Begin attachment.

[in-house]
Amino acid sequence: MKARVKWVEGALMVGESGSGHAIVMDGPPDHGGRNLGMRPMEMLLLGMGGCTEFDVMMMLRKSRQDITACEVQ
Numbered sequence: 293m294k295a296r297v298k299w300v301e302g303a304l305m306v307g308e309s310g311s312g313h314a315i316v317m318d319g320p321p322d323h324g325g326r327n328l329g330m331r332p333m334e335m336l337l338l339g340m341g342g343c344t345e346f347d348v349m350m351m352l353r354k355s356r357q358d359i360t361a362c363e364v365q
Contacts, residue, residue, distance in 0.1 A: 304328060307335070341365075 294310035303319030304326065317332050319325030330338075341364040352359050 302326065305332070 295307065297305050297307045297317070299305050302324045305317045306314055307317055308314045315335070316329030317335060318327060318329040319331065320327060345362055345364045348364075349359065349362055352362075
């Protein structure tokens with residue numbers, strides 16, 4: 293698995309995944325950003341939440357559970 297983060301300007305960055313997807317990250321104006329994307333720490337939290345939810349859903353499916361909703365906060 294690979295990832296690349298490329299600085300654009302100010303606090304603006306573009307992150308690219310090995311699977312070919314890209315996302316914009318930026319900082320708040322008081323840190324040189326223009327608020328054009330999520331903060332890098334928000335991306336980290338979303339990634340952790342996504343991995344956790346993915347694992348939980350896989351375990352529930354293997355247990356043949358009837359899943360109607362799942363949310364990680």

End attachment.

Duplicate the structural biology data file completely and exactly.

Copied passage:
[in-house]
Amino acid sequence: MKARVKWVEGALMVGESGSGHAIVMDGPPDHGGRNLGMRPMEMLLLGMGGCTEFDVMMMLRKSRQDITACEVQ
Numbered sequence: 293m294k295a296r297v298k299w300v301e302g303a304l305m306v307g308e309s310g311s312g313h314a315i316v317m318d319g320p321p322d323h324g325g326r327n328l329g330m331r332p333m334e335m336l337l338l339g340m341g342g343c344t345e346f347d348v349m350m351m352l353r354k355s356r357q358d359i360t361a362c363e364v365q
Contacts, residue, residue, distance in 0.1 A: 304328060307335070341365075 294310035303319030304326065317332050319325030330338075341364040352359050 302326065305332070 295307065297305050297307045297317070299305050302324045305317045306314055307317055308314045315335070316329030317335060318327060318329040319331065320327060345362055345364045348364075349359065349362055352362075
């Protein structure tokens with residue numbers, strides 16, 4: 293698995309995944325950003341939440357559970 297983060301300007305960055313997807317990250321104006329994307333720490337939290345939810349859903353499916361909703365906060 294690979295990832296690349298490329299600085300654009302100010303606090304603006306573009307992150308690219310090995311699977312070919314890209315996302316914009318930026319900082320708040322008081323840190324040189326223009327608020328054009330999520331903060332890098334928000335991306336980290338979303339990634340952790342996504343991995344956790346993915347694992348939980350896989351375990352529930354293997355247990356043949358009837359899943360109607362799942363949310364990680």